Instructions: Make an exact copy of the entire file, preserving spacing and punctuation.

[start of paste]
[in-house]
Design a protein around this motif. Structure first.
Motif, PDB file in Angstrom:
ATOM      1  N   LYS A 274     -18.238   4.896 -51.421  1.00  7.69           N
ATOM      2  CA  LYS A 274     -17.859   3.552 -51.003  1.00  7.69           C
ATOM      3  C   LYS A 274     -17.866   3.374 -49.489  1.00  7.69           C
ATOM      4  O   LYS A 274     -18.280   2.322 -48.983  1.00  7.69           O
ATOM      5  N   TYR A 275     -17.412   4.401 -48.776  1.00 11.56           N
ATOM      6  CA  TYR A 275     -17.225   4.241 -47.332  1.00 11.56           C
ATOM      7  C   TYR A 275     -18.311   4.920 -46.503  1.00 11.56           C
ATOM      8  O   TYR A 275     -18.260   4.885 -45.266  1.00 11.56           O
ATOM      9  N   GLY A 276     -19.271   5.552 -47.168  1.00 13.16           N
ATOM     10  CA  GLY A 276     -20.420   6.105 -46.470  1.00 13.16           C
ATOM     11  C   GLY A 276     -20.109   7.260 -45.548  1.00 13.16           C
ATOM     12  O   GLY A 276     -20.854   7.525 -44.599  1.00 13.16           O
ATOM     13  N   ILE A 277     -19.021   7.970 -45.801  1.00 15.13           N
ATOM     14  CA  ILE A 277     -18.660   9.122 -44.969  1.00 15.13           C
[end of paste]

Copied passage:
[in-house]
Design a protein around this motif. Structure first.
Motif, PDB file in Angstrom:
ATOM      1  N   LYS A 274     -18.238   4.896 -51.421  1.00  7.69           N
ATOM      2  CA  LYS A 274     -17.859   3.552 -51.003  1.00  7.69           C
ATOM      3  C   LYS A 274     -17.866   3.374 -49.489  1.00  7.69           C
ATOM      4  O   LYS A 274     -18.280   2.322 -48.983  1.00  7.69           O
ATOM      5  N   TYR A 275     -17.412   4.401 -48.776  1.00 11.56           N
ATOM      6  CA  TYR A 275     -17.225   4.241 -47.332  1.00 11.56           C
ATOM      7  C   TYR A 275     -18.311   4.920 -46.503  1.00 11.56           C
ATOM      8  O   TYR A 275     -18.260   4.885 -45.266  1.00 11.56           O
ATOM      9  N   GLY A 276     -19.271   5.552 -47.168  1.00 13.16           N
ATOM     10  CA  GLY A 276     -20.420   6.105 -46.470  1.00 13.16           C
ATOM     11  C   GLY A 276     -20.109   7.260 -45.548  1.00 13.16           C
ATOM     12  O   GLY A 276     -20.854   7.525 -44.599  1.00 13.16           O
ATOM     13  N   ILE A 277     -19.021   7.970 -45.801  1.00 15.13           N
ATOM     14  CA  ILE A 277     -18.660   9.122 -44.969  1.00 15.13           C